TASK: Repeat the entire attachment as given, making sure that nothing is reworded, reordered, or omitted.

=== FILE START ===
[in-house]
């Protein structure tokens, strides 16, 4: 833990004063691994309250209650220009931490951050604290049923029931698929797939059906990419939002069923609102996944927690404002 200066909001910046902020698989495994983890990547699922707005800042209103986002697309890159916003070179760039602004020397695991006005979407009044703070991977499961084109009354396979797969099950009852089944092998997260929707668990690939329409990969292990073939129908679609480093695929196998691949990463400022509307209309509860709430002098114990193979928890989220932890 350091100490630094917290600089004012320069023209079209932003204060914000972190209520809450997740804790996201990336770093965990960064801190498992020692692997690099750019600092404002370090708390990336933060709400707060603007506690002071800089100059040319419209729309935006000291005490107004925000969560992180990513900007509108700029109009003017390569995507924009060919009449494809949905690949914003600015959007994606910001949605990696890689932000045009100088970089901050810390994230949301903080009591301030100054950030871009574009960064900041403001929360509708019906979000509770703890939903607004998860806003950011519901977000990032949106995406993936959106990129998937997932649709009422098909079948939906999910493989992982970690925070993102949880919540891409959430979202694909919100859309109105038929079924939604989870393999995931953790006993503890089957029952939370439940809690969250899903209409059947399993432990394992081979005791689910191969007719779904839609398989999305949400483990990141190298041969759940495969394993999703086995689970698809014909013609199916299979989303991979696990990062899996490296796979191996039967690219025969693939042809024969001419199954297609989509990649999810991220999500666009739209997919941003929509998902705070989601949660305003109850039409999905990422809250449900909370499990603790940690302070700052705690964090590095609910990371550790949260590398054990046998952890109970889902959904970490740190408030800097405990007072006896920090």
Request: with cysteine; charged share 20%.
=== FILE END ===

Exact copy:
[in-house]
């Protein structure tokens, strides 16, 4: 833990004063691994309250209650220009931490951050604290049923029931698929797939059906990419939002069923609102996944927690404002 200066909001910046902020698989495994983890990547699922707005800042209103986002697309890159916003070179760039602004020397695991006005979407009044703070991977499961084109009354396979797969099950009852089944092998997260929707668990690939329409990969292990073939129908679609480093695929196998691949990463400022509307209309509860709430002098114990193979928890989220932890 350091100490630094917290600089004012320069023209079209932003204060914000972190209520809450997740804790996201990336770093965990960064801190498992020692692997690099750019600092404002370090708390990336933060709400707060603007506690002071800089100059040319419209729309935006000291005490107004925000969560992180990513900007509108700029109009003017390569995507924009060919009449494809949905690949914003600015959007994606910001949605990696890689932000045009100088970089901050810390994230949301903080009591301030100054950030871009574009960064900041403001929360509708019906979000509770703890939903607004998860806003950011519901977000990032949106995406993936959106990129998937997932649709009422098909079948939906999910493989992982970690925070993102949880919540891409959430979202694909919100859309109105038929079924939604989870393999995931953790006993503890089957029952939370439940809690969250899903209409059947399993432990394992081979005791689910191969007719779904839609398989999305949400483990990141190298041969759940495969394993999703086995689970698809014909013609199916299979989303991979696990990062899996490296796979191996039967690219025969693939042809024969001419199954297609989509990649999810991220999500666009739209997919941003929509998902705070989601949660305003109850039409999905990422809250449900909370499990603790940690302070700052705690964090590095609910990371550790949260590398054990046998952890109970889902959904970490740190408030800097405990007072006896920090």
Request: with cysteine; charged share 20%.